Lifetime scored a victory in the legal battle agaist Christopher Porco who is seeking to prevent the network from airing a movie about himself. On Tuesday, March 19, Clinton County Supreme Court Judge Robert J. Muller issued an injuction against the "Romeo Killer: The Christopher Porco Story" debut, but the situation has now overturned.
On Thursday, New York State Appellate Division, Third Department, issued a stay on the injunction, meaning that Lifetime can air the telepic as planned, Saturday, March 23 at 8 P.M. ET/PT. Moreover, Porco has been ordered to show cause on why the injunction order shouldn't be lifted in a hearing scheduled for April 10.
Judge Muller granted Porco the injunction earlier this week in response to a motion filed by the convicted killer in February. Porco, who is serving 50 years to life for a second degree-murder of his father, claimed that the movie "substantially fictionalized account ... about plaintiff and the events that led to his incarceration" and used his name for "purposes of trade," in violation of New York Civil Rights Law section 51.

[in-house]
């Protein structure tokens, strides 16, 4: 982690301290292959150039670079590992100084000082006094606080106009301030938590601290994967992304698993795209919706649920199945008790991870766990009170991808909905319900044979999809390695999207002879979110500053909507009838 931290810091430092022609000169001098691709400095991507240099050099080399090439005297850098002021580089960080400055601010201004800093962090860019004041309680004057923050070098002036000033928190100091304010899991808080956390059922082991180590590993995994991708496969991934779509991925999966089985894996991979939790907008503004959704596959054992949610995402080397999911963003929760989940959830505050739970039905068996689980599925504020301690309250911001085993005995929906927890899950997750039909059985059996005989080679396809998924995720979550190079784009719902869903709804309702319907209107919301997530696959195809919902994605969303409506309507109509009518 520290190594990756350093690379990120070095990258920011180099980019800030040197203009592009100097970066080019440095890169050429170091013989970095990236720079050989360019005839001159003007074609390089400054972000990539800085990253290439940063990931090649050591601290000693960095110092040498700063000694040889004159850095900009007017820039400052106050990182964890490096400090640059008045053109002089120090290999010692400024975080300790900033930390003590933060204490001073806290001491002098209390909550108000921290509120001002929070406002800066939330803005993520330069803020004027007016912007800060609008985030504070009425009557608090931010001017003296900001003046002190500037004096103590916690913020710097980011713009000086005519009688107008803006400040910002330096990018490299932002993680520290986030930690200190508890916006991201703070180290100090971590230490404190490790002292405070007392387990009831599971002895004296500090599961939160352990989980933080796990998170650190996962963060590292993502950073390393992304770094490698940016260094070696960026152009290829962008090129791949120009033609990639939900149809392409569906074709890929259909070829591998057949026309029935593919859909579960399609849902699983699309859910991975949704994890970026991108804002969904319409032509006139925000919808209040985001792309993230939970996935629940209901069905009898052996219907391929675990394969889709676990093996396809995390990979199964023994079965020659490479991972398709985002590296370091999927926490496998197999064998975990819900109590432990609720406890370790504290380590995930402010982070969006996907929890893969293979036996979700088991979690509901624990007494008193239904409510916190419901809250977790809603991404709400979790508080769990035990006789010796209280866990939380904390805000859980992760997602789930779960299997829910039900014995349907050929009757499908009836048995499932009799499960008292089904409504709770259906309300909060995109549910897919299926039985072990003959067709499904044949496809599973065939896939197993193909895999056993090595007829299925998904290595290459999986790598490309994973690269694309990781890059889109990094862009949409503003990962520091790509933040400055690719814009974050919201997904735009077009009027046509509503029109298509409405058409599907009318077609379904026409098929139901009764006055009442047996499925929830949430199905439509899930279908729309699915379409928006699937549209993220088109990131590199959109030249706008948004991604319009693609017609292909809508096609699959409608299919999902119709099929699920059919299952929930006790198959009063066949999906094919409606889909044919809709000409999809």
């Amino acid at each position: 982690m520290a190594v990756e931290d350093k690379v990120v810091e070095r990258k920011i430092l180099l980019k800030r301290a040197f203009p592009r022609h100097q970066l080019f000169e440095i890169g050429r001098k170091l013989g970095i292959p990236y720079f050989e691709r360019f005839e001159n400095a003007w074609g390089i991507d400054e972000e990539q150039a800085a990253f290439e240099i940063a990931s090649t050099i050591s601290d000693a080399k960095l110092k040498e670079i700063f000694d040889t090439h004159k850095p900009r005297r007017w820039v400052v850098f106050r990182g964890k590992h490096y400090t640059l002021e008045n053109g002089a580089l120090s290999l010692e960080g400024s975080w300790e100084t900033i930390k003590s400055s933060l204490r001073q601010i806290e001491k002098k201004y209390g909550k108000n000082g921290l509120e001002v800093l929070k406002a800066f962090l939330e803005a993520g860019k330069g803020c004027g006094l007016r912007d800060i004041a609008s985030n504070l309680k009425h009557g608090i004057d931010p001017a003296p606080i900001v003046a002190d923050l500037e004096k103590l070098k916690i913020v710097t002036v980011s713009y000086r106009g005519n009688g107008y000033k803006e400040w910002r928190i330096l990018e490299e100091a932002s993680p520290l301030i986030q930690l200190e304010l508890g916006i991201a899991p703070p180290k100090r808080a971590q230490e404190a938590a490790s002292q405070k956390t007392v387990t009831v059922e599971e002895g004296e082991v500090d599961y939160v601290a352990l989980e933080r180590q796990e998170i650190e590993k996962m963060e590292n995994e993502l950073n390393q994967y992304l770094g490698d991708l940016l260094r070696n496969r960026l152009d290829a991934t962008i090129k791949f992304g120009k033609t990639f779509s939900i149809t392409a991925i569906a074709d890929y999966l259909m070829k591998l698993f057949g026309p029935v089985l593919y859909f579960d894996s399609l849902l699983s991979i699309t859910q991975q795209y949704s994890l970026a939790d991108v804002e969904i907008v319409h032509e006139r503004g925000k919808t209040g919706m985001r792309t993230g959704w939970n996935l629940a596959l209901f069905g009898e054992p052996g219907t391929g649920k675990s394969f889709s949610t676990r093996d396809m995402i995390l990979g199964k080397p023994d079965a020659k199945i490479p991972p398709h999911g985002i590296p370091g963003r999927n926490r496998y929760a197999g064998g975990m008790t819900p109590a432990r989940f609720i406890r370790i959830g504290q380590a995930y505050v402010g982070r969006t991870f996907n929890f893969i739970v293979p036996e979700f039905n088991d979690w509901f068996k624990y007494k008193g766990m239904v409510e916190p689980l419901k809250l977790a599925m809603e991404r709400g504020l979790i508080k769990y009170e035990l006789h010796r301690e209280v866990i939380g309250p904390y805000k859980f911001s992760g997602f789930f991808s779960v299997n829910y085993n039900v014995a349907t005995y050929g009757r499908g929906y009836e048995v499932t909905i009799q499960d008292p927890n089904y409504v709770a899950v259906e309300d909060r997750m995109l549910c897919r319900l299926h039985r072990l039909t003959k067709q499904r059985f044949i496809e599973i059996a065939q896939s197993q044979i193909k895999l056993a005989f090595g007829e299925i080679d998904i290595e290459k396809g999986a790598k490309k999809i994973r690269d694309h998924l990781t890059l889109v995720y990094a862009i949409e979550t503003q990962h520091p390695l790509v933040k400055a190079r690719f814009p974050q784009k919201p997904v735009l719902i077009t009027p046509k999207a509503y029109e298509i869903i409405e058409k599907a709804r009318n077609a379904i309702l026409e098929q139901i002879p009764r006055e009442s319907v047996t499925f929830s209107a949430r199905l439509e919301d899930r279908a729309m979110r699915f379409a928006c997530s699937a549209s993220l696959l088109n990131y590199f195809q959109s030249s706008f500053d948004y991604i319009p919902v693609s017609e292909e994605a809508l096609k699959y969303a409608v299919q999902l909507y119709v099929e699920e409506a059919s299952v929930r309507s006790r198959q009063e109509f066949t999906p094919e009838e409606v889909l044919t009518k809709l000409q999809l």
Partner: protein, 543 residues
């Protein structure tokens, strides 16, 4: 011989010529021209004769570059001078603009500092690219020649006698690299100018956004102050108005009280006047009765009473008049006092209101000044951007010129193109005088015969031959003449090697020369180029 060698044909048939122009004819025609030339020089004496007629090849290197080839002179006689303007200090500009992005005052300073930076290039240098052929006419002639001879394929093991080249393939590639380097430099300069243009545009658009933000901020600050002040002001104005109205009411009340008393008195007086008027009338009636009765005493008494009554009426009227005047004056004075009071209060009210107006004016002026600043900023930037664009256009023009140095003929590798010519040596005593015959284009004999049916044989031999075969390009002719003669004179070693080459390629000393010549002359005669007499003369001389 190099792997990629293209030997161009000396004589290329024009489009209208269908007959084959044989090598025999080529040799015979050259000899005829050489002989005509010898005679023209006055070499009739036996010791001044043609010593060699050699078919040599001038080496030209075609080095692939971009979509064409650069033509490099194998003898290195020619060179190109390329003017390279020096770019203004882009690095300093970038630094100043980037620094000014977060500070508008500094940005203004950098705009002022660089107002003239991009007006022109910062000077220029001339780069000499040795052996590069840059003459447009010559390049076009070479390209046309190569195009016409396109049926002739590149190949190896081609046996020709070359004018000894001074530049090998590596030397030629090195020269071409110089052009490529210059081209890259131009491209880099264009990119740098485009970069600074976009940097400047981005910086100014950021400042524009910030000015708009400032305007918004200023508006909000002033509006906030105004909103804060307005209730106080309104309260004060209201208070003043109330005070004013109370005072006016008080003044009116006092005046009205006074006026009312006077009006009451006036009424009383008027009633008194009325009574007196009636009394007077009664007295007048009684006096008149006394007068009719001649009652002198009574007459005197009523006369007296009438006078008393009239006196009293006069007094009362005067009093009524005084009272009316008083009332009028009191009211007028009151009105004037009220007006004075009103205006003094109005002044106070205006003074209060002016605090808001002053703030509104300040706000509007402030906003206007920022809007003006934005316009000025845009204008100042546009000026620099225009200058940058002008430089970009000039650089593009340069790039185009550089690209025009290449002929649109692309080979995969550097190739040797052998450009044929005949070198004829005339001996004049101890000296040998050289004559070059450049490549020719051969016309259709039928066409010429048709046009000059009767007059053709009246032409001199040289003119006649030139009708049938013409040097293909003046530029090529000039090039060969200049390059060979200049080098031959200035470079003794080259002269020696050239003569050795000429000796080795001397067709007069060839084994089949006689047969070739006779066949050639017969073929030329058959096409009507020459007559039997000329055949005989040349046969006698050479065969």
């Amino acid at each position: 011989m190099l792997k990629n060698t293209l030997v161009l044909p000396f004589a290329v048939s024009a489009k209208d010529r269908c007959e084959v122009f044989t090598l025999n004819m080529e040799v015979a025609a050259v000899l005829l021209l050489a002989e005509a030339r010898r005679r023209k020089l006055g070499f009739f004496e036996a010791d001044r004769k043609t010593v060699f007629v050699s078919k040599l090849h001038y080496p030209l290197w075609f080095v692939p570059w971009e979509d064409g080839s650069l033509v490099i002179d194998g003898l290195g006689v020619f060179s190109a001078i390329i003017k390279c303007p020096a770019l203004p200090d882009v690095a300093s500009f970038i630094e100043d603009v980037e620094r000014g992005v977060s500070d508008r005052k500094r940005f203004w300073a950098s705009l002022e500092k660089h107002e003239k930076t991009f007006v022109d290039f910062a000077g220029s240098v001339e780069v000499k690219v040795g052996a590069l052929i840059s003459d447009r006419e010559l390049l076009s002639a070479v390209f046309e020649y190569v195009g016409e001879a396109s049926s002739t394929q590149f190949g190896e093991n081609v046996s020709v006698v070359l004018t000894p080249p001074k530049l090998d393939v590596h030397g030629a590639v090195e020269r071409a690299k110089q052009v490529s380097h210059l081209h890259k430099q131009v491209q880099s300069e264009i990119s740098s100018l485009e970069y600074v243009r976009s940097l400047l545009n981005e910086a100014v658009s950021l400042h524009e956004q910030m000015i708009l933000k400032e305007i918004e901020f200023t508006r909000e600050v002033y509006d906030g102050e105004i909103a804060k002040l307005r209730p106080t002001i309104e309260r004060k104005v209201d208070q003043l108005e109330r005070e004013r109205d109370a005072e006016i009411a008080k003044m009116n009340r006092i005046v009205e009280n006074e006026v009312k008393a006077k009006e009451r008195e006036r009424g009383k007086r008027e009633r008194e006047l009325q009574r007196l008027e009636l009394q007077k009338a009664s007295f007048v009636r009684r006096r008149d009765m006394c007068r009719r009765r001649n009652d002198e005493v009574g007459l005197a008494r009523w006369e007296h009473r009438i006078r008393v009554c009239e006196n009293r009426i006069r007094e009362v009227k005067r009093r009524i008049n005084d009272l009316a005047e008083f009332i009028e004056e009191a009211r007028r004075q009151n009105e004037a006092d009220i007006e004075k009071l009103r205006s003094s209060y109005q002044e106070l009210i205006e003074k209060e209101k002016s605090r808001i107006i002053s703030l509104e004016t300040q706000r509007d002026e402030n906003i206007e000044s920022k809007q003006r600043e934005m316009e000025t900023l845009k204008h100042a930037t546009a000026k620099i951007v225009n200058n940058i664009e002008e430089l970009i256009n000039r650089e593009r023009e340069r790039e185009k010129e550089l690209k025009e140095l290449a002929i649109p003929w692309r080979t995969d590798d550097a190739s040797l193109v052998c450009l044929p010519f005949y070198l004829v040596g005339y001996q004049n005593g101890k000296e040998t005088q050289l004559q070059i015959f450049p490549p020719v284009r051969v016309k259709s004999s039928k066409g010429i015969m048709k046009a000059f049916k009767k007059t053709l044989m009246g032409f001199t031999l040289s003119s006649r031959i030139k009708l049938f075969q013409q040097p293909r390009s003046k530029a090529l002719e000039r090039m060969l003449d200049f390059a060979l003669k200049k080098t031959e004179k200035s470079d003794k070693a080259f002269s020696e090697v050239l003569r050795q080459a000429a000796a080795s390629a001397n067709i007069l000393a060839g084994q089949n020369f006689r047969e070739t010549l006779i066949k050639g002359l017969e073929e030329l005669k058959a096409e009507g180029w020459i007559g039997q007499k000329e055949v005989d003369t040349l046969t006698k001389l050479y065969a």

In its defense, Lifetime said that "the essential elements of the movie are true and accurate and based on court and police records, interviews with persons involved, and historical and other documents."
The cable channel filed an emergency appeal on Wednesday, arguing that "a preliminary injunction will have a devastating financial and reputational impact on Lifetime, with millions of dollars in investment, lost revenues, and untold harm to its brand."
Lifetime is now promoting the movie as the "Lifetime original movie Chris Porco doesn't want you to see." It also states that "the two-hour film is inspired by the true story of a handsome young college student who became the prime suspect in the shocking murder of his father."